(Very well formalized thesis, by the way)
  • gurugeorge
    517
    I think that a great work of art is basically a microcosm, a miniature universe, with its own internal logic, and its goal or function is, as Schopenhauer suggested, to induce an arrest in normal, everyday consciousness. It's basically the secular version of a kind of religious or mystical experience. Art galleries are the humanist temples secular people go to in order to get a religious jag without religion.

    An important side-effect is the cleansing of the doors of perception (you look at things afresh when "coming up for air" after being absorbed in a great work).

    I would say also that art shouldn't be too much divorced from craft, and that some 20th century art took a bit of a wrong turn when it tried to do that. Over-intellectualized art is another blind alley, as is pure conceptualism.

    Also, while art is in part a dialogue between artists down the generations, if it gets too introverted and self-referential and you need a secret decoder ring to "get" it, then again, it's drifted too far from the main point.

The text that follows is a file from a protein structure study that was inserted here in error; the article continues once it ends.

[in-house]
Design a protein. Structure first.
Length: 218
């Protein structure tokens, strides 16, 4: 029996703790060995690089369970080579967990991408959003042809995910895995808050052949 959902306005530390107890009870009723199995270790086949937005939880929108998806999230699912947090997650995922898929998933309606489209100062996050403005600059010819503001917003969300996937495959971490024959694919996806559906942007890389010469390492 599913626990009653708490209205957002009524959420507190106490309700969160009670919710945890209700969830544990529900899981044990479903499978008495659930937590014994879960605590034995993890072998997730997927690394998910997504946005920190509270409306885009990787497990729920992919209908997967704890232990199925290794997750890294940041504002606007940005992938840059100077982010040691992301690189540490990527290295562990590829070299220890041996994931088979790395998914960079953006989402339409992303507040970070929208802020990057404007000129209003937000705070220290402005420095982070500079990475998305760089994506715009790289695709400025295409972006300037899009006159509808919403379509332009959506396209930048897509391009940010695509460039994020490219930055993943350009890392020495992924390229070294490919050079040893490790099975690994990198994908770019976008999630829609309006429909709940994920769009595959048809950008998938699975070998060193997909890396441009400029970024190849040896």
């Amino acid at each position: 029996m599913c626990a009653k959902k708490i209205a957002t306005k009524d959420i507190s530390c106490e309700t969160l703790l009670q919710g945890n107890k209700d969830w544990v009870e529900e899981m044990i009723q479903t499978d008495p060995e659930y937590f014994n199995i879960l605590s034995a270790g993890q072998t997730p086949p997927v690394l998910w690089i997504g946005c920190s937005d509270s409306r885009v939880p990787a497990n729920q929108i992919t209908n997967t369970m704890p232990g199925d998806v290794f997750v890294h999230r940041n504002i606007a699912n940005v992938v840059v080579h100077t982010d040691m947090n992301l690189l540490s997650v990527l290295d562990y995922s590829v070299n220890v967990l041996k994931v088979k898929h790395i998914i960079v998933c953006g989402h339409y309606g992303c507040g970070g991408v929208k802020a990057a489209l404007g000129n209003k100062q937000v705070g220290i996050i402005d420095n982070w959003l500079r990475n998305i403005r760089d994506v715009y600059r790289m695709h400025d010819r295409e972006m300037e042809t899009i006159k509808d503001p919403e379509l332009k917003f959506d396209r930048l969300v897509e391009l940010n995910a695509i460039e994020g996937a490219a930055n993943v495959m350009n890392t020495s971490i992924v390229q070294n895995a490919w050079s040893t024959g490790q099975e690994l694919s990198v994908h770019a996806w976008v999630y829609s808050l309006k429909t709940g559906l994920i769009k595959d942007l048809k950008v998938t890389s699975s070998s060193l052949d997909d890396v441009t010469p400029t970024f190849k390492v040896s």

The question of whether you need a "guidebook" and knowledge of context (personal and social) is variable - whether it'll be worthwhile making the effort to know the context around the art depends on the quality of the artist, whether you're rewarded by making that effort or not.
  • praxis
    880
    Art galleries are the humanist temples secular people go to in order to get a religious jag without religion.gurugeorge

    So what happens to a religious in-humanist when they visit a gallery?
  • Lucid
    16
    "The goal of art is not to create paraphraseable imagery, but to create something to which no paraphrase ever does justice."

    In my opinion, that sums it up rather well. What makes art, art, in my view, is the fact that it expresses something which otherwise would have been related to, or even outside of, personal experience. In other words, it defines the ineffable and ephemeral, encapsulates them such that it cannot be paraphrased, or broken down further. And allows this to be shared.

    Kinda like, how music is so inextricably tied to emotion, and how many people have songs that define them, or at least particular emotions they experience. Hence the fact that we have theme songs for characters, mood songs... How people have happy songs, sad songs... Etc.

    As to whether or not such is the Goal of art, or the result of it... Is the Goal of a hammer to pound in a nail? Or is that merely the result? I don't think there's a right or wrong answer here, as it primarily depends upon our experience, which is subject to change and variation. Though if you ask Hegel... :P
  • gurugeorge
    517